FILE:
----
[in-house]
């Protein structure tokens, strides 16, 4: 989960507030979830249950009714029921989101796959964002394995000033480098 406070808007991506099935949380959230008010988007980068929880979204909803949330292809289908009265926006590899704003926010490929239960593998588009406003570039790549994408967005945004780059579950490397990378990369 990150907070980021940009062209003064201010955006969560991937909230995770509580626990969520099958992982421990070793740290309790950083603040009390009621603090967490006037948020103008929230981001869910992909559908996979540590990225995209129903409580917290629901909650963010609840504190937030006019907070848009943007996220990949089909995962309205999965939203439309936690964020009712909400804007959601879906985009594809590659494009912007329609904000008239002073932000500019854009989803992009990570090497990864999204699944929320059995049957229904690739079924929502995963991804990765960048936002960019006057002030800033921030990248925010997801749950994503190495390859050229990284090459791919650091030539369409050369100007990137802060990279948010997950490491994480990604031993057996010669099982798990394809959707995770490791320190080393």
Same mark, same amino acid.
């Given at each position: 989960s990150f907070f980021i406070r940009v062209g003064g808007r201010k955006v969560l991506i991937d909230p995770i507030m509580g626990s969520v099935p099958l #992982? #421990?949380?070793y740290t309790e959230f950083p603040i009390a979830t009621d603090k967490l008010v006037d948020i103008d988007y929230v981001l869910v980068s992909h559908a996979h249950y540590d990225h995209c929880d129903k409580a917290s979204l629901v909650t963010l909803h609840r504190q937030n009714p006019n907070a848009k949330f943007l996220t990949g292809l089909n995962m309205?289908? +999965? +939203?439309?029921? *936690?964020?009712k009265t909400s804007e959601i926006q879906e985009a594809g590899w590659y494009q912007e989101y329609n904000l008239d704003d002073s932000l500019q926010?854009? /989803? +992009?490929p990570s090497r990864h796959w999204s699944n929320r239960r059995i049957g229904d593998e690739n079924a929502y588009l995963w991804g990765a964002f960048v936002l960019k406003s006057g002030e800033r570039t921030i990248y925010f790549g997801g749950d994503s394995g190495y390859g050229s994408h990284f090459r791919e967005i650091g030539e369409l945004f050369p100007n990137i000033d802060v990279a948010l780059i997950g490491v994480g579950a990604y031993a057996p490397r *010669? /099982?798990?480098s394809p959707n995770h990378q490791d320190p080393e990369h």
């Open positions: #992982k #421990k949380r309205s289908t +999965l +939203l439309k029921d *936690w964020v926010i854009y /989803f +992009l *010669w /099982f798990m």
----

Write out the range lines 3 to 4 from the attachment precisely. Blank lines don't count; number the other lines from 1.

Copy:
Same mark, same amino acid.
């Given at each position: 989960s990150f907070f980021i406070r940009v062209g003064g808007r201010k955006v969560l991506i991937d909230p995770i507030m509580g626990s969520v099935p099958l #992982? #421990?949380?070793y740290t309790e959230f950083p603040i009390a979830t009621d603090k967490l008010v006037d948020i103008d988007y929230v981001l869910v980068s992909h559908a996979h249950y540590d990225h995209c929880d129903k409580a917290s979204l629901v909650t963010l909803h609840r504190q937030n009714p006019n907070a848009k949330f943007l996220t990949g292809l089909n995962m309205?289908? +999965? +939203?439309?029921? *936690?964020?009712k009265t909400s804007e959601i926006q879906e985009a594809g590899w590659y494009q912007e989101y329609n904000l008239d704003d002073s932000l500019q926010?854009? /989803? +992009?490929p990570s090497r990864h796959w999204s699944n929320r239960r059995i049957g229904d593998e690739n079924a929502y588009l995963w991804g990765a964002f960048v936002l960019k406003s006057g002030e800033r570039t921030i990248y925010f790549g997801g749950d994503s394995g190495y390859g050229s994408h990284f090459r791919e967005i650091g030539e369409l945004f050369p100007n990137i000033d802060v990279a948010l780059i997950g490491v994480g579950a990604y031993a057996p490397r *010669? /099982?798990?480098s394809p959707n995770h990378q490791d320190p080393e990369h």